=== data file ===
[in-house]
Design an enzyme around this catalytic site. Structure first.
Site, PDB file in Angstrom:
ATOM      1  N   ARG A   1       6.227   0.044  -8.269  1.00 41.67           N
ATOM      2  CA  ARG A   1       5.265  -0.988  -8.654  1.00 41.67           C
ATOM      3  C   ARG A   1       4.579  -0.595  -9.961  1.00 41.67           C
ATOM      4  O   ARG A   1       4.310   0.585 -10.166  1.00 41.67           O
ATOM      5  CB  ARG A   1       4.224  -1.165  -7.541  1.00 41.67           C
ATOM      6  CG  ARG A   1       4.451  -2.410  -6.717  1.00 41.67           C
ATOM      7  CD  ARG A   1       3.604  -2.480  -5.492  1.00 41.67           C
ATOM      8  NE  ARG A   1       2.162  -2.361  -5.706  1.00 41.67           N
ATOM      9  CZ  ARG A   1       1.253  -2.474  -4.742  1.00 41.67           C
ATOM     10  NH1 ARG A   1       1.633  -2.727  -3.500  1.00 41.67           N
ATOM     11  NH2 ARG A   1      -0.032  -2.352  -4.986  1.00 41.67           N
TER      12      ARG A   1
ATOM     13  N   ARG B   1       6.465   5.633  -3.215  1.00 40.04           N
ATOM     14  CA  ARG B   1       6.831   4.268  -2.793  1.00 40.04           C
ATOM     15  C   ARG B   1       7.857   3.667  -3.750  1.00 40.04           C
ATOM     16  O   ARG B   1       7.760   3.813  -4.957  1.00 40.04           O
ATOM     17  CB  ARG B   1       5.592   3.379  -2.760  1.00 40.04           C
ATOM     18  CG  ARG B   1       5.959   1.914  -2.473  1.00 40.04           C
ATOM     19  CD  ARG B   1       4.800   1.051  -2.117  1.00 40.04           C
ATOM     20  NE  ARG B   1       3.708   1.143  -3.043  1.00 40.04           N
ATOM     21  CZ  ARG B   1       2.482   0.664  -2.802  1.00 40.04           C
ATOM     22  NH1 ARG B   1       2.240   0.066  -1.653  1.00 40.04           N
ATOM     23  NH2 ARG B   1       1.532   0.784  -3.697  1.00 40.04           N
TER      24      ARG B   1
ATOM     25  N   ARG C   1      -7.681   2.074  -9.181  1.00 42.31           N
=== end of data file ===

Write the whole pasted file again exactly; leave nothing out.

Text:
[in-house]
Design an enzyme around this catalytic site. Structure first.
Site, PDB file in Angstrom:
ATOM      1  N   ARG A   1       6.227   0.044  -8.269  1.00 41.67           N
ATOM      2  CA  ARG A   1       5.265  -0.988  -8.654  1.00 41.67           C
ATOM      3  C   ARG A   1       4.579  -0.595  -9.961  1.00 41.67           C
ATOM      4  O   ARG A   1       4.310   0.585 -10.166  1.00 41.67           O
ATOM      5  CB  ARG A   1       4.224  -1.165  -7.541  1.00 41.67           C
ATOM      6  CG  ARG A   1       4.451  -2.410  -6.717  1.00 41.67           C
ATOM      7  CD  ARG A   1       3.604  -2.480  -5.492  1.00 41.67           C
ATOM      8  NE  ARG A   1       2.162  -2.361  -5.706  1.00 41.67           N
ATOM      9  CZ  ARG A   1       1.253  -2.474  -4.742  1.00 41.67           C
ATOM     10  NH1 ARG A   1       1.633  -2.727  -3.500  1.00 41.67           N
ATOM     11  NH2 ARG A   1      -0.032  -2.352  -4.986  1.00 41.67           N
TER      12      ARG A   1
ATOM     13  N   ARG B   1       6.465   5.633  -3.215  1.00 40.04           N
ATOM     14  CA  ARG B   1       6.831   4.268  -2.793  1.00 40.04           C
ATOM     15  C   ARG B   1       7.857   3.667  -3.750  1.00 40.04           C
ATOM     16  O   ARG B   1       7.760   3.813  -4.957  1.00 40.04           O
ATOM     17  CB  ARG B   1       5.592   3.379  -2.760  1.00 40.04           C
ATOM     18  CG  ARG B   1       5.959   1.914  -2.473  1.00 40.04           C
ATOM     19  CD  ARG B   1       4.800   1.051  -2.117  1.00 40.04           C
ATOM     20  NE  ARG B   1       3.708   1.143  -3.043  1.00 40.04           N
ATOM     21  CZ  ARG B   1       2.482   0.664  -2.802  1.00 40.04           C
ATOM     22  NH1 ARG B   1       2.240   0.066  -1.653  1.00 40.04           N
ATOM     23  NH2 ARG B   1       1.532   0.784  -3.697  1.00 40.04           N
TER      24      ARG B   1
ATOM     25  N   ARG C   1      -7.681   2.074  -9.181  1.00 42.31           N